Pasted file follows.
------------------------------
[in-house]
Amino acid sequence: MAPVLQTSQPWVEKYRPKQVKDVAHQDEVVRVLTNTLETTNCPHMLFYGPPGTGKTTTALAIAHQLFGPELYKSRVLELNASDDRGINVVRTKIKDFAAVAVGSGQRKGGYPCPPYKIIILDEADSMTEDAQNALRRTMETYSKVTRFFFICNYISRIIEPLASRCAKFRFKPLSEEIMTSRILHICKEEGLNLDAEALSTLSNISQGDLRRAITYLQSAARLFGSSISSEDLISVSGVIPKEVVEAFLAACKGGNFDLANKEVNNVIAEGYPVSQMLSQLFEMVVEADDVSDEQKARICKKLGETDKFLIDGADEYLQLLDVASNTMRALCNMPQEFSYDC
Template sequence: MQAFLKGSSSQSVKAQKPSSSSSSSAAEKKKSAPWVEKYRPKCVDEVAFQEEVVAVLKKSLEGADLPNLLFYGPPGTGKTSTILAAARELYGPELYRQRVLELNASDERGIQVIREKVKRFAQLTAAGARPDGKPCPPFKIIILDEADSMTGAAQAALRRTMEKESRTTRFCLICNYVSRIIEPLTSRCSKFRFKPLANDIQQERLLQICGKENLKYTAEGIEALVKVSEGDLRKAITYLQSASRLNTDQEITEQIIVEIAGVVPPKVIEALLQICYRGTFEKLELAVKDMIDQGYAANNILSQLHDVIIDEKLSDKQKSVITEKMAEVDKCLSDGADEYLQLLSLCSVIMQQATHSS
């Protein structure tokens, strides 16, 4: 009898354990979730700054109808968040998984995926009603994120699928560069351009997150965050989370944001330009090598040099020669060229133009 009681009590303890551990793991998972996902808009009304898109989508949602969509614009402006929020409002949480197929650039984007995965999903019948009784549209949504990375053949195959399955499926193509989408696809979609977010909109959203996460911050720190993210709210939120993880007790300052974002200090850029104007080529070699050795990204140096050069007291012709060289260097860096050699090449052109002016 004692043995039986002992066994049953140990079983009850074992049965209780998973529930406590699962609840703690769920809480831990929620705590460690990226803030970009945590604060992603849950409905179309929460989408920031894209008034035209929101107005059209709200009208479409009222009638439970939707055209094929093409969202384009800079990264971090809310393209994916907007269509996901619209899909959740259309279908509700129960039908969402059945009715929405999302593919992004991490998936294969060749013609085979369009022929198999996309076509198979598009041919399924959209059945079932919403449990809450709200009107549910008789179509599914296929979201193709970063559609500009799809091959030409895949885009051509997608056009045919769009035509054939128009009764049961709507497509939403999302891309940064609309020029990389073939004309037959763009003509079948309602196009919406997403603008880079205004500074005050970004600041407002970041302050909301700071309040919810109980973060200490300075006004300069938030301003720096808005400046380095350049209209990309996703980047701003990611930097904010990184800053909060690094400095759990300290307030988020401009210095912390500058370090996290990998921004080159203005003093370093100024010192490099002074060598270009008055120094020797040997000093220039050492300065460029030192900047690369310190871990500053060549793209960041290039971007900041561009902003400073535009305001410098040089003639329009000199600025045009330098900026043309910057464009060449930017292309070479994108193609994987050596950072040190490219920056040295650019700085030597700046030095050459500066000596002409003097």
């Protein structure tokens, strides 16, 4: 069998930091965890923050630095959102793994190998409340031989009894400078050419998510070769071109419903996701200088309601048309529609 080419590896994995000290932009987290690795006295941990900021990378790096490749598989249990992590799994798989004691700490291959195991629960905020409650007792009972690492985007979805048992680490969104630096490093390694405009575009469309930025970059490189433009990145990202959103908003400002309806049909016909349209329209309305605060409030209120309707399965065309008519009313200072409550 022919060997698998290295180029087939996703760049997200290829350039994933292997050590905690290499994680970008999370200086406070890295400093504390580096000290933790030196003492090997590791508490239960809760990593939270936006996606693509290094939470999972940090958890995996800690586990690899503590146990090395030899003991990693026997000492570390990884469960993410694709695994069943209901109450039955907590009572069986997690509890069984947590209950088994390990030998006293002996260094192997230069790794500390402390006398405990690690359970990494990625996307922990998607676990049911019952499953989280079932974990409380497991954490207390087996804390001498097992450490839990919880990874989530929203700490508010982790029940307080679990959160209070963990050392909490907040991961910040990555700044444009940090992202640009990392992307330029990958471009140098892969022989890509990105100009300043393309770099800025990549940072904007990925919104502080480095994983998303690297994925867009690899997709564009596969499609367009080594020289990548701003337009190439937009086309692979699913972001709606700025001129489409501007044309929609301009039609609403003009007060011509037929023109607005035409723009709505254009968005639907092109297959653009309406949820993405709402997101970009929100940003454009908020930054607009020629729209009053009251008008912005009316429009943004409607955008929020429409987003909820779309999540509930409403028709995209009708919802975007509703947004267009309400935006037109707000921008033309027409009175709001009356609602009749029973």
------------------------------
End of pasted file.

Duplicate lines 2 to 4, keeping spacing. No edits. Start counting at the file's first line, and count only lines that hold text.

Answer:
Amino acid sequence: MAPVLQTSQPWVEKYRPKQVKDVAHQDEVVRVLTNTLETTNCPHMLFYGPPGTGKTTTALAIAHQLFGPELYKSRVLELNASDDRGINVVRTKIKDFAAVAVGSGQRKGGYPCPPYKIIILDEADSMTEDAQNALRRTMETYSKVTRFFFICNYISRIIEPLASRCAKFRFKPLSEEIMTSRILHICKEEGLNLDAEALSTLSNISQGDLRRAITYLQSAARLFGSSISSEDLISVSGVIPKEVVEAFLAACKGGNFDLANKEVNNVIAEGYPVSQMLSQLFEMVVEADDVSDEQKARICKKLGETDKFLIDGADEYLQLLDVASNTMRALCNMPQEFSYDC
Template sequence: MQAFLKGSSSQSVKAQKPSSSSSSSAAEKKKSAPWVEKYRPKCVDEVAFQEEVVAVLKKSLEGADLPNLLFYGPPGTGKTSTILAAARELYGPELYRQRVLELNASDERGIQVIREKVKRFAQLTAAGARPDGKPCPPFKIIILDEADSMTGAAQAALRRTMEKESRTTRFCLICNYVSRIIEPLTSRCSKFRFKPLANDIQQERLLQICGKENLKYTAEGIEALVKVSEGDLRKAITYLQSASRLNTDQEITEQIIVEIAGVVPPKVIEALLQICYRGTFEKLELAVKDMIDQGYAANNILSQLHDVIIDEKLSDKQKSVITEKMAEVDKCLSDGADEYLQLLSLCSVIMQQATHSS
């Protein structure tokens, strides 16, 4: 009898354990979730700054109808968040998984995926009603994120699928560069351009997150965050989370944001330009090598040099020669060229133009 009681009590303890551990793991998972996902808009009304898109989508949602969509614009402006929020409002949480197929650039984007995965999903019948009784549209949504990375053949195959399955499926193509989408696809979609977010909109959203996460911050720190993210709210939120993880007790300052974002200090850029104007080529070699050795990204140096050069007291012709060289260097860096050699090449052109002016 004692043995039986002992066994049953140990079983009850074992049965209780998973529930406590699962609840703690769920809480831990929620705590460690990226803030970009945590604060992603849950409905179309929460989408920031894209008034035209929101107005059209709200009208479409009222009638439970939707055209094929093409969202384009800079990264971090809310393209994916907007269509996901619209899909959740259309279908509700129960039908969402059945009715929405999302593919992004991490998936294969060749013609085979369009022929198999996309076509198979598009041919399924959209059945079932919403449990809450709200009107549910008789179509599914296929979201193709970063559609500009799809091959030409895949885009051509997608056009045919769009035509054939128009009764049961709507497509939403999302891309940064609309020029990389073939004309037959763009003509079948309602196009919406997403603008880079205004500074005050970004600041407002970041302050909301700071309040919810109980973060200490300075006004300069938030301003720096808005400046380095350049209209990309996703980047701003990611930097904010990184800053909060690094400095759990300290307030988020401009210095912390500058370090996290990998921004080159203005003093370093100024010192490099002074060598270009008055120094020797040997000093220039050492300065460029030192900047690369310190871990500053060549793209960041290039971007900041561009902003400073535009305001410098040089003639329009000199600025045009330098900026043309910057464009060449930017292309070479994108193609994987050596950072040190490219920056040295650019700085030597700046030095050459500066000596002409003097």